Singer Tiki Taane is facing new accusations he sprayed police with obscenities in an almost identical outburst to the one that saw him arrested last year.
Police are considering charging the singer amid accusations he chanted "f*** the police" and pointed at patrolling officers late on Saturday night.
Taane was performing at the Mr Cue club in Palmerston North when police entered for a standard inspection of the venue.
Taane reportedly claims the questionable words were lyrics from a song by American rap group NWA - a defence that saw charges against Taane for the same actions dropped last year.<inline type="recurring-inline" id="1003" align="outside" enforce-sites="no" />
The performer chose not to speak to media yesterday. A spokeswoman from Tikidub Management said Taane would wait to speak publicly until it was decided if charges would be laid but made an exception for the Bay of Plenty Times.
Responding to media reports that he had been charged by police in Palmerston North after a gig there Taane told the Bay of Plenty Times that he had not heard from the police.
"They haven't talked with me at all. If apparently they are considering pressing charges, no one really knows what for. Apparently the Palmy police have definitely got their knickers in a twist that I played "F*** Da Police" while they were in the building", he said.<inline type="photogallery" id="9392" align="outside" embed="no" />
Tiki Taane said there was no trouble at the gig, which took place on Sunday at Mr Cue in Palmerston North. "It was an awesome gig! Massive turnout & a choice vibe"
Tiki Taane has recently purchased a house for himself, his partner and young son in Papamoa. He is playing a gig at Waihi Beach Hotel this Saturday, and said he is not afraid of playing the song again.
Asked if he will play the song again at Waihi Beach this week, Tiki told the Bay of Plenty Times this morning.
"I always ask the crowd "do you guys wana hear the song that got me arrested?" and they always scream back "YES!!". So I've gotta give the people what they want, it's the polite thing to do."
``People still mention that incident for sure. It makes for a great party story. I'm really proud of how that all played out. I stood up to the NZ Police, pleaded a very strong case and ended up winning the war without having to go to battle. Rebel music!''
Inspector Pat Handcock, the area commander at Palmerston North police, said investigators were still determining if Taane was singing a song or directing his comments at officers.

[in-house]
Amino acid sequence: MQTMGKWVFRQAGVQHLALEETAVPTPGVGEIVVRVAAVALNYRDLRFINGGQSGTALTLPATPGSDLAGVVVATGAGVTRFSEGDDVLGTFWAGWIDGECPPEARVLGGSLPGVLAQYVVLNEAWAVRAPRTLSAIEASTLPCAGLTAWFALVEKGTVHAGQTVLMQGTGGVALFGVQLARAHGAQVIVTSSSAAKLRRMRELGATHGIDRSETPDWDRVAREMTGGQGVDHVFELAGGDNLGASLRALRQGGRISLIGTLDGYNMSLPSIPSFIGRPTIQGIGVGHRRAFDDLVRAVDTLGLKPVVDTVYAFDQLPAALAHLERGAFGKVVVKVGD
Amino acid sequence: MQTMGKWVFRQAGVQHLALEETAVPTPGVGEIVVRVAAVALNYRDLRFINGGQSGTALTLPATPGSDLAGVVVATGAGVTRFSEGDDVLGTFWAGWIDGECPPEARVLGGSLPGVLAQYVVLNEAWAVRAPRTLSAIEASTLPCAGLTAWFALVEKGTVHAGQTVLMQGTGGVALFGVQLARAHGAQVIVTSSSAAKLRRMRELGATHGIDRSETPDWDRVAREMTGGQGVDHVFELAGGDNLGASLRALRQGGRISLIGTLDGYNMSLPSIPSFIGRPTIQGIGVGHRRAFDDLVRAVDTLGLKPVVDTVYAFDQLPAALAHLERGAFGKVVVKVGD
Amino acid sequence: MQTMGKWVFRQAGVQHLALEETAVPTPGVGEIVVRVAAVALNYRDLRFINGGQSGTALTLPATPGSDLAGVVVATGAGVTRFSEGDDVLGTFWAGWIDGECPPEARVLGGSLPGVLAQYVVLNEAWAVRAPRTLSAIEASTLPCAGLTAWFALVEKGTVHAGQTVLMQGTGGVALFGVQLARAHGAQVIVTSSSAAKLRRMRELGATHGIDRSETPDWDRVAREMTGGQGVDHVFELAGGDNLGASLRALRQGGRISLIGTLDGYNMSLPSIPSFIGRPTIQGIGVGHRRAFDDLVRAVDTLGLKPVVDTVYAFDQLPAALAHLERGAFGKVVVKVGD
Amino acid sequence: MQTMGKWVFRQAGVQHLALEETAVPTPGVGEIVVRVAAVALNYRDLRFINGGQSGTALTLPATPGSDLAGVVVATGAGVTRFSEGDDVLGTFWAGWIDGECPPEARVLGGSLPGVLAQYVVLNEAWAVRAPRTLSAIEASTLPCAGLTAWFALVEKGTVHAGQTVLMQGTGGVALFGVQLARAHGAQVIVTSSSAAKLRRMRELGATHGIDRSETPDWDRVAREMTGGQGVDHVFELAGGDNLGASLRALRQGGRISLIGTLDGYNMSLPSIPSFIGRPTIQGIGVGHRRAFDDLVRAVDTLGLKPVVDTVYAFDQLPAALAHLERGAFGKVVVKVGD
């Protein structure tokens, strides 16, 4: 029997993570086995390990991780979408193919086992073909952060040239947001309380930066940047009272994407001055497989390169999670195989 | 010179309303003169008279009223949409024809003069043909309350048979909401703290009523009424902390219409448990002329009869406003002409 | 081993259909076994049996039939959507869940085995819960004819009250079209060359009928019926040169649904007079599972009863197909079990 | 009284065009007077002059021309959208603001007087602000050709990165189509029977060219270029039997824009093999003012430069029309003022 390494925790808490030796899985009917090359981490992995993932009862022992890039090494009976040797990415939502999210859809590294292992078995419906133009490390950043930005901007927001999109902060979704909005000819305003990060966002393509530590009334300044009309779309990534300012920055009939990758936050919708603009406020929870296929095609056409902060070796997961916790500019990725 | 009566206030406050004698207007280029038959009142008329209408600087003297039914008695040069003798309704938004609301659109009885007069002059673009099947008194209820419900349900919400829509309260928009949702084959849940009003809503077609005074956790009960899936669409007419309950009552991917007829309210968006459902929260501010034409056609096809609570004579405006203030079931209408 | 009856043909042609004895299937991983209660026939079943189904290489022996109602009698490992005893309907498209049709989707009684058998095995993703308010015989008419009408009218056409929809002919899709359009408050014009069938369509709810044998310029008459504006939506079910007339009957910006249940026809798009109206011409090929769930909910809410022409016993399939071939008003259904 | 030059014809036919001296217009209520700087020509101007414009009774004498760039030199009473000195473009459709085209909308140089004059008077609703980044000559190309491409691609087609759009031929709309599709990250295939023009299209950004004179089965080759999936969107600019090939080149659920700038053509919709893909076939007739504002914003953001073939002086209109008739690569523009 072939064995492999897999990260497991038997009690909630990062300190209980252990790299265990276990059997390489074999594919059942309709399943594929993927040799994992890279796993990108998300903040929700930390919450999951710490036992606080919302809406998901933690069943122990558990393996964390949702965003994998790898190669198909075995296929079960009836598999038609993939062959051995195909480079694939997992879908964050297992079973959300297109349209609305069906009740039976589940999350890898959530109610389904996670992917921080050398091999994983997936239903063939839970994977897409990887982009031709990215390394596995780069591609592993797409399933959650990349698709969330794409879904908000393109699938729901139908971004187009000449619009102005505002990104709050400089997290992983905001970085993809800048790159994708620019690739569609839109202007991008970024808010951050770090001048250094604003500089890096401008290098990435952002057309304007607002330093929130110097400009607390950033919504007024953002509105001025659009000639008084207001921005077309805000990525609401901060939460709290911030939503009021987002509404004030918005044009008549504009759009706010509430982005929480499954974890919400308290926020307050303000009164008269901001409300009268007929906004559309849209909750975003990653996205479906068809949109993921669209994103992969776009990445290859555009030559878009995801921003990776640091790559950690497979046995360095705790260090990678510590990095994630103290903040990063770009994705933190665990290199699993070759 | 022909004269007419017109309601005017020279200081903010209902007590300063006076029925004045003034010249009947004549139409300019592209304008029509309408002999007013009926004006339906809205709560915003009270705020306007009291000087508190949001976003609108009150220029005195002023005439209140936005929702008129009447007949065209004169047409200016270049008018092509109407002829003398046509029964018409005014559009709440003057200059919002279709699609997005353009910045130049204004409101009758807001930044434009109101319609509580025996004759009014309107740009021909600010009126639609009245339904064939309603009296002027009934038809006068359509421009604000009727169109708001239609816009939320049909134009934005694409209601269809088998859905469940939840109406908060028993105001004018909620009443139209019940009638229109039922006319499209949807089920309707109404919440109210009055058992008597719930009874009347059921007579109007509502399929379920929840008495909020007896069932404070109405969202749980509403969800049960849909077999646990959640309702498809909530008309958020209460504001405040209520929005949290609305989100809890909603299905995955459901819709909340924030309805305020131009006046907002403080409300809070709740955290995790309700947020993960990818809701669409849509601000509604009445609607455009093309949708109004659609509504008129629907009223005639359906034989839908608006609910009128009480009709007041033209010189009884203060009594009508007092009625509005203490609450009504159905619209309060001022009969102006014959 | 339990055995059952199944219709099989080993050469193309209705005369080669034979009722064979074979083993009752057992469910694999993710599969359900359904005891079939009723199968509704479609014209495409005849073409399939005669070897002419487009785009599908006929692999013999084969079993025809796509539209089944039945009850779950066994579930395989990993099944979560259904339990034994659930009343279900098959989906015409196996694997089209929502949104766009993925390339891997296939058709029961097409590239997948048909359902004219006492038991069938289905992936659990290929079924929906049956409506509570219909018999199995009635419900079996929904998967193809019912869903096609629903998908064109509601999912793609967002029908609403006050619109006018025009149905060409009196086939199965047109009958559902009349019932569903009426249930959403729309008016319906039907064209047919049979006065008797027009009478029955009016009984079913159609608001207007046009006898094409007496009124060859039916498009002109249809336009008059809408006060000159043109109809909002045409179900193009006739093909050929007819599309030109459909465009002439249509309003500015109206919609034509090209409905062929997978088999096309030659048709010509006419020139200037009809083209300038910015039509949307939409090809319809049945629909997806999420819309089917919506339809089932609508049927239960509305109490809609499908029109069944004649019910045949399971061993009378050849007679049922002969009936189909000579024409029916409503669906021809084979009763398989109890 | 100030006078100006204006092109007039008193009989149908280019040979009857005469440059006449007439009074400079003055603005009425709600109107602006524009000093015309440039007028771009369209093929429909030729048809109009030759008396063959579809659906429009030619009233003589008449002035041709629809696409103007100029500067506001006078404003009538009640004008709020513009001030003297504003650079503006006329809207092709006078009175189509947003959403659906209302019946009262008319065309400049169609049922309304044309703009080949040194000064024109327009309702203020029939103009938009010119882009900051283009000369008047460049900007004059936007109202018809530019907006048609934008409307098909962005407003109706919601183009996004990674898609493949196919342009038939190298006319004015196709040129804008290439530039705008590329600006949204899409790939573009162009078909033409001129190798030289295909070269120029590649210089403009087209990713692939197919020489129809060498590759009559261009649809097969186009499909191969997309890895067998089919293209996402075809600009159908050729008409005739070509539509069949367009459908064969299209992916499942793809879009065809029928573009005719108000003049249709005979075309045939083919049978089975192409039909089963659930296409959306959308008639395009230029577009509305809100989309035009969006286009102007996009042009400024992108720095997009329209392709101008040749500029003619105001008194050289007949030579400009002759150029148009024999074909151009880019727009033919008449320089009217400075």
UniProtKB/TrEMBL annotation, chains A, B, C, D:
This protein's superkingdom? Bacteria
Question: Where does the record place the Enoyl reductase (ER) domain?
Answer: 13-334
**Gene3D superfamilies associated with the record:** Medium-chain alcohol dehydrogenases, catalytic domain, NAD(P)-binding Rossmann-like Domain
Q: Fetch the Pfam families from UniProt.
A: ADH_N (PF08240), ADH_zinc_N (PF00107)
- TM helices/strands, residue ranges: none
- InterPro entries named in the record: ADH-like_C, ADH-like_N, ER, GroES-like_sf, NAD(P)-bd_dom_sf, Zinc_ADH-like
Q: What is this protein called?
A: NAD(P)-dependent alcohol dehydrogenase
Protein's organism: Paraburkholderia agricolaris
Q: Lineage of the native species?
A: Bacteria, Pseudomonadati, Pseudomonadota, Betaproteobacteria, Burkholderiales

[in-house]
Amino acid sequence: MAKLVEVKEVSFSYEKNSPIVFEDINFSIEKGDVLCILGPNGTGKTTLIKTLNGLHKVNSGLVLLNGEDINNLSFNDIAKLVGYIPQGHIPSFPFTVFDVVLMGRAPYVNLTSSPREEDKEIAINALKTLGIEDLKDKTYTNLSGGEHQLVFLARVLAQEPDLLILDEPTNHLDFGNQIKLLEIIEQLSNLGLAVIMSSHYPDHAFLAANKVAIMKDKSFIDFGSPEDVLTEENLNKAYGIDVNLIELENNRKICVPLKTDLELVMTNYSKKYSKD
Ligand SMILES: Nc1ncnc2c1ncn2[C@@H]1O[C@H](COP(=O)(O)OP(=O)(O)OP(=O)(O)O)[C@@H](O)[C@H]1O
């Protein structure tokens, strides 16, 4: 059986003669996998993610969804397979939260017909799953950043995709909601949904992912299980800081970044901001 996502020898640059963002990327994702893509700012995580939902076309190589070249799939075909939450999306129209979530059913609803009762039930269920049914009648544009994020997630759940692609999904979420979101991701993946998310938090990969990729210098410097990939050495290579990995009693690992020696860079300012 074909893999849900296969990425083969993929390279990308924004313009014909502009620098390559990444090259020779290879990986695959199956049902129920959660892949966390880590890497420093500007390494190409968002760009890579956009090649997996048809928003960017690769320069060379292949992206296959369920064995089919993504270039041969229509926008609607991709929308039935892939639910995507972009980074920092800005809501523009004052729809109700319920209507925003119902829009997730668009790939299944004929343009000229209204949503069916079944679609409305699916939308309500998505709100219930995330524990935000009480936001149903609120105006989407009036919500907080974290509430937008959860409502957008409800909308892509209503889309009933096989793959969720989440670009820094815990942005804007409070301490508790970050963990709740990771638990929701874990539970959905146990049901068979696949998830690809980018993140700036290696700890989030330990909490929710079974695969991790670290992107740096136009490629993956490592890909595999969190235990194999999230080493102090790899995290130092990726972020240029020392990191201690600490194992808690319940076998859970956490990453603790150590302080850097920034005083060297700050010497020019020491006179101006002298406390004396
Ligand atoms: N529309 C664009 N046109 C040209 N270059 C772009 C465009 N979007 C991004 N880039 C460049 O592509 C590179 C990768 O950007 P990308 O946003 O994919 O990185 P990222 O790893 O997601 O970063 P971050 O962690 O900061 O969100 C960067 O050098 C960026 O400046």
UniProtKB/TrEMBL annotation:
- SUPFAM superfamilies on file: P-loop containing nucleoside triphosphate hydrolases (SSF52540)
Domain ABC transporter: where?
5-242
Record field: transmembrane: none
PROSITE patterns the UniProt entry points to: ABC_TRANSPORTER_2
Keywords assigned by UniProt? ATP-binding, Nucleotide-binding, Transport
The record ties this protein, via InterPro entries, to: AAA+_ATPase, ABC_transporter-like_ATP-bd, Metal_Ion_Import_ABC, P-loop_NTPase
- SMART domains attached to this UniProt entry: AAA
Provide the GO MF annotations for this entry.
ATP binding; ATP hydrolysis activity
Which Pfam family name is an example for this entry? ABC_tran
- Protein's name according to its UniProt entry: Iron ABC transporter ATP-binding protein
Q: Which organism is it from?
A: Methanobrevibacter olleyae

"At this stage, we're just going back through some of the various accounts of people that were there. We'll make an assessment in terms of exactly what happened and whether or not Tiki Taane has transgressed the law," Mr Handcock said.
It comes as an encore to the almost identical performance that saw Taane arrested last year during a gig at Illuminati Superclub in Tauranga.
Taane had charges against him dropped after he explained he was singing the same NWA song.
Despite a repeat of trouble, the singer has retained the support of power company Mercury Energy, which hired Taane to cover the song Over The Rainbow for an advertising campaign and is contributing all proceeds from sales of the song to the Starship Foundation.
Mercury Energy general manager James Munro yesterday said the company was "really pleased" to have had Taane cover the track for their campaign.
"Tiki has a good relationship with Mercury and the Starship Foundation and has been, and continues to be, generous with his time in helping to raise money for sick children," Mr Munro said.
Starship Foundation chief executive Brad Clark also stood behind Taane, saying the foundation was "grateful for Tiki's generous and heartfelt support".
Mr Handcock said an internal inquiry would discover by the end of the week if there was any cause for a full investigation into Taane's behaviour.
Taane could face a charge of disorderly behaviour likely to cause violence or disorder.
"I reiterate we are just looking at what happened and if it turns out to be ... nothing we are not going to pursue it and waste time and resources on it by going out and trying to locate a whole bunch of other witnesses and things like that," Mr Handcock said.
"But if there is something in it that would suggest a criminal offence has been committed, we would be required to make some further investigations."
Dancers dressed as police officers joined Taane when he performed his song Freedom To Sing at last year's Vodafone Music Awards.
The move was described as Taane offering an olive branch to officers he'd previously offended.
Taane has previously worked with police to front an anti-family violence campaign, Mr Handcock said.
FOR THE FULL INTERVIEW WITH TIKI TAANE, SEE TOMORROW'S VIBE, YOUR ENTERTAINMENT LIFT OUT IN THE BAY OF PLENTY TIMES